I’ve been developing in Java since late 2009. It’s a good language, but I’m starting to wonder what kind of future it has. I’ve been using Java 8 since shortly after it came out, even though Java is currently on version 11. Java’s obviously still being developed, so why not move forward? A big part isn’t the infamous module system that launched in Java 9, and broke a lot of stuff. Part of it is the fact that Java is owned and controlled a by a company that seems more interested in rent-seeking off oa Java than doing anything innovative with it.
Software is written to solve a problem. Sometimes, it’s more than one problem, but you get the idea. Being someone who both uses and writes software, I’ve found the best software out there doesn’t just solve a problem, but was written with a clear and definitive opinion about how that problem should be solved. That’s not by accident or coincidence, it’s very much causal.
I got a comment on my post about performance tuning a REST API call asking about code tuning with examples. I don’t have code examples handy, but I can certainly run through some general performance tuning tips I’ve found over the years. No matter where you find advice about improving your code’s performance, keep in mind that every situation is different, and those differences could impact the relevance and usefulness of any advice offered.
Probably 1 of the most difficult juggling acts in software development is scoping a minimum viable product. I’m pretty sure a lot of that comes from the juggling act and judgement calls that constitute defining said minimum viable product. It’s not easy to do, mostly because defining a minimum viable product involves balancing 2 mutually exclusive terms. That said, I think you can find the best set of tradeoffs en route to the minimum viable product by examining the principles behind each part and then combining them back together once we understand what we’re looking for to satisfy each keyword.
Automatic software testing is an interesting thing. Books have been written on the topic, libraries have been built to try to bring the practice to traditionally hard-to-automate sections of testing, and in some places, it’s so important it’s the first code that gets written. There’s a lot of different philosophies about how it should work, but in my experience, it’s probably an area where the less religious you are about it, the better it’s likely to work for you.
Java 8 introduced a lot of cool features, 1 of the most useful of which was the
stream() method. This nifty little method lets you treat an Iterable as a stream, enabling cool things like lambdas operating over a list. Related to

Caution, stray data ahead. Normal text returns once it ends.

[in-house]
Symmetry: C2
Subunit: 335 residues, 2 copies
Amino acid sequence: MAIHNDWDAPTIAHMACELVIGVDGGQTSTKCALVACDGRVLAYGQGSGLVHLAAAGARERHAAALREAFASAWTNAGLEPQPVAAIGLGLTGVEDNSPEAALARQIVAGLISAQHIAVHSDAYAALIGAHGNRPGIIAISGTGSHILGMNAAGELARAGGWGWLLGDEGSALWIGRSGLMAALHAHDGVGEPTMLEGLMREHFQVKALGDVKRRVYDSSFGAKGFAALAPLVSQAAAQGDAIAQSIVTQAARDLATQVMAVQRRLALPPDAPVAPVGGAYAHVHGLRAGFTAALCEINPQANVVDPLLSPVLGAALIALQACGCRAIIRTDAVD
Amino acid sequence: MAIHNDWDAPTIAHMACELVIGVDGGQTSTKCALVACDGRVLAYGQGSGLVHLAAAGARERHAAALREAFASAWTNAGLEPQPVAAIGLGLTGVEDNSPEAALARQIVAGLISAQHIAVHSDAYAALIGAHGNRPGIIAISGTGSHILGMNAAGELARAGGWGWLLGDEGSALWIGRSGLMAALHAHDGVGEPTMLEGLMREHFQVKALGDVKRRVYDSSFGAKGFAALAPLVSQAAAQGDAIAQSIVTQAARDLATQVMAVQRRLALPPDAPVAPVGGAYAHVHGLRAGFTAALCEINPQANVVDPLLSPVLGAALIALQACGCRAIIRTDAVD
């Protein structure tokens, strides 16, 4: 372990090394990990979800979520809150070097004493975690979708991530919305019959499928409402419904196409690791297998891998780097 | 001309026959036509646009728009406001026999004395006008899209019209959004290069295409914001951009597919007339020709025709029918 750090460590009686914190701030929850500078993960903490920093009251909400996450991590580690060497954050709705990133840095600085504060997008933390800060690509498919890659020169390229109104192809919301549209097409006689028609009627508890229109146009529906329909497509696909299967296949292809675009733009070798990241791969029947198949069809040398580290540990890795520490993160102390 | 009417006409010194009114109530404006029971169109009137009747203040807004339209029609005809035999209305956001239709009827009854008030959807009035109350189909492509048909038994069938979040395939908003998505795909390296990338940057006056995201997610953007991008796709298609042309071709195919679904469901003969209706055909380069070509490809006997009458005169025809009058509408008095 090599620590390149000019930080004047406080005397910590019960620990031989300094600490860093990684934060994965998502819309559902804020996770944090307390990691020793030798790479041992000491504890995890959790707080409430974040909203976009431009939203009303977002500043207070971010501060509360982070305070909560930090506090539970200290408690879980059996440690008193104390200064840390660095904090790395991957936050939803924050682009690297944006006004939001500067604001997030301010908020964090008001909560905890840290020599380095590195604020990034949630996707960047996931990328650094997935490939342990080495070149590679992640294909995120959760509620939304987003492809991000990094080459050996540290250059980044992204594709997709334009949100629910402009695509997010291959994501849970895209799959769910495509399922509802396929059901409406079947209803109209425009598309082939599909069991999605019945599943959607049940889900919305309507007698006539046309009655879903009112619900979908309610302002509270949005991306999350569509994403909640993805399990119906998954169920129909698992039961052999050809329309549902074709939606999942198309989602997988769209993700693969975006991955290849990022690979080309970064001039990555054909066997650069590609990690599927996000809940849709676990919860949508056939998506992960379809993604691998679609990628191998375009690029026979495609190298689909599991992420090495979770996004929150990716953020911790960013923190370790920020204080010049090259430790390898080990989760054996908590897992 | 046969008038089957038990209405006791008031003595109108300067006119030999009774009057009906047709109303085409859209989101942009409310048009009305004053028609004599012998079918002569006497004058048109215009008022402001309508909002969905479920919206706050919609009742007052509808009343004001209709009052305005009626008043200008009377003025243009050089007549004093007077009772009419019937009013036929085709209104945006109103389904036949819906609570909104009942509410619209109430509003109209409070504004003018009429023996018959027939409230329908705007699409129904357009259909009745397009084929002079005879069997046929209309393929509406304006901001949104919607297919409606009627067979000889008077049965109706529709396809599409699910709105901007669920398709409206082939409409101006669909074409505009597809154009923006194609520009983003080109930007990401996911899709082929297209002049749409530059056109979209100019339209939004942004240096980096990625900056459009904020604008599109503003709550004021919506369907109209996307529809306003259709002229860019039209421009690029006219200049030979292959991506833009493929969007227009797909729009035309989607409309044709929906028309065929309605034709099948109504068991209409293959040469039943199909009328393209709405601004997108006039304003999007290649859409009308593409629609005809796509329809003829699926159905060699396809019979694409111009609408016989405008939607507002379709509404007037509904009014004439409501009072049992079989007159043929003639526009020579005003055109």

parallelStream(). This lets you group your stream into smaller streams that are run in, you guessed it, parallel. Specifically, your data is processed in a thread pool the size of the number of cores on your machine, minus the one running your app. That’s a handy piece of information you’re going to want to keep in mind before you start throwing this nifty little call around in your code.
Software development is all about making tradeoffs. Sometimes, we do stuff because it’s quicker and get things out of the door faster, not because it’s the best option long-term. Do software development long enough, and you’ll learn the term “technical debt” – which is formally defined on Wikipedia as “a concept in programming that reflects the extra development work that arises when code that is easy to implement in the short run is used instead of applying the best overall solution”. A more informal, but probably just as accurate definition could also be “the price(s) you’re paying now to have shipped things earlier.” Here’s the thing, most of the time we do something that incurs technical debt, we know it then. It’d be nice if there’s a way for us to log the decisions we made, and the debt we incurred so we can factor it into planning and regular development work, instead of trying to pay it off when there’s no other alternative.
Recently, we had a Kinesis consumer back up due to a deployment problem. Sadly, this problem went on for 2 days without us noticing, so we were pretty backed up. Now in theory, we should have been able to catch back up to real-time data sometime later that calendar day. In reality, we fell 2 days behind and it took us 2 days to catch up. That’s not acceptable, and I wanted to document the list of things we tried and how well they worked and to document our process for looking for the bottleneck. Obviously, there’s tons of room for improvement in the code, but there’s also a lot of room for improvement in how we were doing things before, and probably a lot of room for in how we went about trying to fix the issue.
APIs are tricky things to maintain. Because they’re designed to be open by nature, it’s hard to test every possible way someone could use it. That makes incredibly easy to break if you don’t think through any changes you’re making carefully, with an emphasis on what a developer is expecting. Luckily, there are a few things you can do to limit the amount of times you inadvertently break a bunch of applications with a well-meaning API update.